The uniform pressure distribution for concentric

loading is based upon the assumption that the base

tored loads should be performed on each monolith

slab of the monolith behaves as a rigid base. To

that can be dewatered. For further information, see

compute the pressure distribution, the sum of all

ETL 1110-2-307. Drag loads will not be used to

vertical forces acting on the base of the monolith is

resist uplift (flotation) due to the varying nature of

distributed equally across the monolith bottom. An

drag loads. If insufficient capacity exists to keep the

example of this computation is given in Figure A-2.

monolith from floating, the monolith can be held

This uniform pressure is modified to account for

down with anchors, heels, or more concrete mass, or

loads eccentric to the centroid of the monolith base.

improved foundation drainage systems can be added

An example of this computation is given in Fig-

to the monolith.

ure A-3. The stepped pressure distribution is an

approximation based upon observed data from instru-

ment occurs between adjacent monoliths due to the

mented U-frame locks founded on soil. In this distri-

difference in size and weight of the monoliths as well

bution, the pressure beneath the lock wall is increased

as differing foundation conditions beneath each mon-

to a set percentage of the pressure beneath the

olith. Differential settlement should be held to the

remainder of the monolith. These two pressures are

practical minimum possible. There are several ways

modified proportionately until the total pressure

to handle this problem, including use of keys, dowels,

equals the sum of the vertical forces. Observed data

and construction sequencing. Keys can be formed

from Port Allen Lock suggest the amount of increase

between adjacent monoliths. Dowels can be added

should be 75 percent. An example of this computa-

between the base slabs of adjacent monoliths. The

tion is given in Figure A-2. This stepped base pres-

construction sequence for adjacent monoliths can be

sure is modified to account for loads eccentric to the

specified such that the heavier monolith is partially

centroid of the monolith base. An example of this

placed prior to placement of the lighter monolith.

computation is given in Figure A-3. For further

The magnitude of the forces being carried by dowels

information on the amount of increase to use, see

or keys is difficult to predict, but the designer must

Sherman (1968) and (1972).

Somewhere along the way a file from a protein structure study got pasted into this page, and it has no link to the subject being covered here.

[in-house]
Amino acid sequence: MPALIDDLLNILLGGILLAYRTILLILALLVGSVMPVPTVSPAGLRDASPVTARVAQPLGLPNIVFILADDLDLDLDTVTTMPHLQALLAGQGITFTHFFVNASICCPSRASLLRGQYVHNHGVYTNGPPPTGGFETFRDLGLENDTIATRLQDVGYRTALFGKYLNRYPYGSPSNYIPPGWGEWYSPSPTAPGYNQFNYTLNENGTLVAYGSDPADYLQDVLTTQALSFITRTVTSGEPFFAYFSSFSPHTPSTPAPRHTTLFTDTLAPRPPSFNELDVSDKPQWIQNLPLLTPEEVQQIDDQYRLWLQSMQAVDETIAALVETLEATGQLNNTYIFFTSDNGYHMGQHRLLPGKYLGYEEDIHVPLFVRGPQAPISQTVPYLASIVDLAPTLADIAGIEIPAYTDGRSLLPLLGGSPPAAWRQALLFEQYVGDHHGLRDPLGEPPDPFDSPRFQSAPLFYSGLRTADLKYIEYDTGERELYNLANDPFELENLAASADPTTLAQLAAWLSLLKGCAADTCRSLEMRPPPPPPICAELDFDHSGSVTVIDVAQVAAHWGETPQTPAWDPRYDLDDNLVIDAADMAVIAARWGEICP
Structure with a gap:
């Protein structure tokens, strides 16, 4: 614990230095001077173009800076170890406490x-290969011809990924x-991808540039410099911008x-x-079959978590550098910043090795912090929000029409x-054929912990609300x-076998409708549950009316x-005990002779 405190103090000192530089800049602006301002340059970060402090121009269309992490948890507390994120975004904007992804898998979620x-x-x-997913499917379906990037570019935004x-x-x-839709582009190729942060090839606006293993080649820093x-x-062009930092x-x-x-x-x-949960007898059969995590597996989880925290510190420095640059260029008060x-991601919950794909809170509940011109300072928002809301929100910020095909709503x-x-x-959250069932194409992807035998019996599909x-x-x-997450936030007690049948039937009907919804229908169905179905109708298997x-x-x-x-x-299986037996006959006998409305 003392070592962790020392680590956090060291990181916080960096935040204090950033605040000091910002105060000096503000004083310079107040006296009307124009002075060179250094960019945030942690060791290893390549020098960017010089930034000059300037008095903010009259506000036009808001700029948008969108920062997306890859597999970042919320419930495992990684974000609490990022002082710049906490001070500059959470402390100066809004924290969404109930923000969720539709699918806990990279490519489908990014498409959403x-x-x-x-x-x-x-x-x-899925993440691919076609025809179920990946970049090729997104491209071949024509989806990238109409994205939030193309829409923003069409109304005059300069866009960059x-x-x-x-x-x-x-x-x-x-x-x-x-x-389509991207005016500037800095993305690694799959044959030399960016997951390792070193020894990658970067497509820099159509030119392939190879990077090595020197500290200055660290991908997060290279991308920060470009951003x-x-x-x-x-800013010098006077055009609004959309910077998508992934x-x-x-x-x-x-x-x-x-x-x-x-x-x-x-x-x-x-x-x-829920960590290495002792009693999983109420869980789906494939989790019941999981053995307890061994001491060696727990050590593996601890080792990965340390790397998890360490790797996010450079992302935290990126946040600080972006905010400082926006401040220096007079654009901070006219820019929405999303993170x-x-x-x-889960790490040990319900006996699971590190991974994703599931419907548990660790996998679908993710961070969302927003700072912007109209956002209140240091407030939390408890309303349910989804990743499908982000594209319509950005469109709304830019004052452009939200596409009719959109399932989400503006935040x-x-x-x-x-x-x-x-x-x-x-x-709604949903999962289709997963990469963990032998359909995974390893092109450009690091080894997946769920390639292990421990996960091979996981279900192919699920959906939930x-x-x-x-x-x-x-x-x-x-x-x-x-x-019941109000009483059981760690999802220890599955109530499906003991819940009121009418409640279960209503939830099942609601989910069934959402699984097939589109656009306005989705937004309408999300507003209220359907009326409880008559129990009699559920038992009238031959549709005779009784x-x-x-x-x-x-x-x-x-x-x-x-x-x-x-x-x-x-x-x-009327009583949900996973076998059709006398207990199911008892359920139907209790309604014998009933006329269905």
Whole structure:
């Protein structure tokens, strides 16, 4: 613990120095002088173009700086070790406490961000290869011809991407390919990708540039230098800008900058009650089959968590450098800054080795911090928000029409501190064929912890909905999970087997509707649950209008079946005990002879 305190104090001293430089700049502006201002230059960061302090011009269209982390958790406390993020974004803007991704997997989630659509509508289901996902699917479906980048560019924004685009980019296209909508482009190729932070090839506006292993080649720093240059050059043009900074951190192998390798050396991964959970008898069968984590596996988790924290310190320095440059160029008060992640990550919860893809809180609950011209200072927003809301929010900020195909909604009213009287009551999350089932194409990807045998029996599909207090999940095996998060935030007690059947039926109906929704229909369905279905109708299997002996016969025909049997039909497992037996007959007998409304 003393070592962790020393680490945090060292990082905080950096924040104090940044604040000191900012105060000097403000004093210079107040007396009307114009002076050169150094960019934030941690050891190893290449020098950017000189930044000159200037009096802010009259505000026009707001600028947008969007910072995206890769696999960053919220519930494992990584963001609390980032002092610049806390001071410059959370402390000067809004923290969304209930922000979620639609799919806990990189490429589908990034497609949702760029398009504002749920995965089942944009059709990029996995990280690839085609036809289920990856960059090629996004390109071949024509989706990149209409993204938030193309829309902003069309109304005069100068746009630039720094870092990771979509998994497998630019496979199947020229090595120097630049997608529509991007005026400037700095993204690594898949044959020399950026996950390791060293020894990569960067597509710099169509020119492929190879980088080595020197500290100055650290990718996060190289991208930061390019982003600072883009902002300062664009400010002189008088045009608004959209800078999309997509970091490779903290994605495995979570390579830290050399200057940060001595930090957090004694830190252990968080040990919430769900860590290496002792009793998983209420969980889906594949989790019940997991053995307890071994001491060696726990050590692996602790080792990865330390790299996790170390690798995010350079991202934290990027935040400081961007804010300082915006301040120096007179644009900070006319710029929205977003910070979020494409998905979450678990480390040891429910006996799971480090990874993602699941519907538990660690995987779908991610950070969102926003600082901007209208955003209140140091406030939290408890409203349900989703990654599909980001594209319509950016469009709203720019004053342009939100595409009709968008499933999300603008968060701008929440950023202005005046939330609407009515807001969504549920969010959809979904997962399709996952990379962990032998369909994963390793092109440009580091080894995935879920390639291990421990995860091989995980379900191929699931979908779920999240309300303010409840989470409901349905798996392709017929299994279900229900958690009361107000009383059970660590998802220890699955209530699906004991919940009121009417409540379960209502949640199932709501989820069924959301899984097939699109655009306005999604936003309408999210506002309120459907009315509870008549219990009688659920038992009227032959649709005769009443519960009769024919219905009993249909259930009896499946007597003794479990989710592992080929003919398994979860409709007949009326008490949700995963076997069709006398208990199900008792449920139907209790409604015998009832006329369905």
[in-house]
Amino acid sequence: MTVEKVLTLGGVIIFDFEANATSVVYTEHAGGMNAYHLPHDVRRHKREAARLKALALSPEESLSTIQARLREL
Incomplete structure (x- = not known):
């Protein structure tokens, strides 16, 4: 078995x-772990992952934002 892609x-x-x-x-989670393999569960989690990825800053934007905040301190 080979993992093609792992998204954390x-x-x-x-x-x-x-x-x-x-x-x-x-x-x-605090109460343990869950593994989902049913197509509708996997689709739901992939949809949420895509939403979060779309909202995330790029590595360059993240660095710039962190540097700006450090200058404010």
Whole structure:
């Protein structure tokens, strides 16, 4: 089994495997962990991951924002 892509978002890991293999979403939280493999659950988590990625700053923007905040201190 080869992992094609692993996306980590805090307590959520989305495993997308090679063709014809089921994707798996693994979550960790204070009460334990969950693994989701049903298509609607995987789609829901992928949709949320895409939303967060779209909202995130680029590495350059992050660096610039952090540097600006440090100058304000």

try to account for these forces by some rational

method.

location analysis using unfactored loads should be

performed on each two-dimensional and three-

dimensional monolith. The analysis consists of deter-

mining the location of the resultant of all loading in

Once the design criteria have been established, all

relation to the kern of the monolith base. The resul-

reasonable load cases have been identified, and the

tant location for usual load cases should be the mid-

initial foundation parameters have been established,

dle third of the base. The resultant location for the

the analysis of the structure may be performed. The

unusual load cases should be the middle half of the

structural analysis is necessary for ensuring that the

base. The resultant location for the extreme cases

wall and slab thicknesses are sufficient and for deter-

should be within the base. Usually the location of

mining the reinforcement requirements of the struc-

the resultant is not a problem.

ture. Before performing an analysis of a U-frame

lock, the designer must decide whether each monolith

behaves in a two-dimensional or a three-dimensional

manner. The method of analysis must also be

unfactored loads should be performed in accordance

selected, which can be a frame analysis, a finite

with ETL 1110-2-256. The CASE computer program

element analysis, hand calculations, or a combination

CSLIDE can perform this analysis (Pace 1987).

of these. These decisions are based on experience

and good engineering judgment. A parametric study

which bounds the extremes of behavior of a structure

sis should be performed using unfactored loads. The

can also be used as a tool to ensure adequacy of a

foundation capacity should be developed taking into

structure. As a result of these analyses, the designer

account such items as soil type and stratification.

can then determine final member sizes and

The computed bearing pressures must be less than the

reinforcement.

foundation capacity.

A-12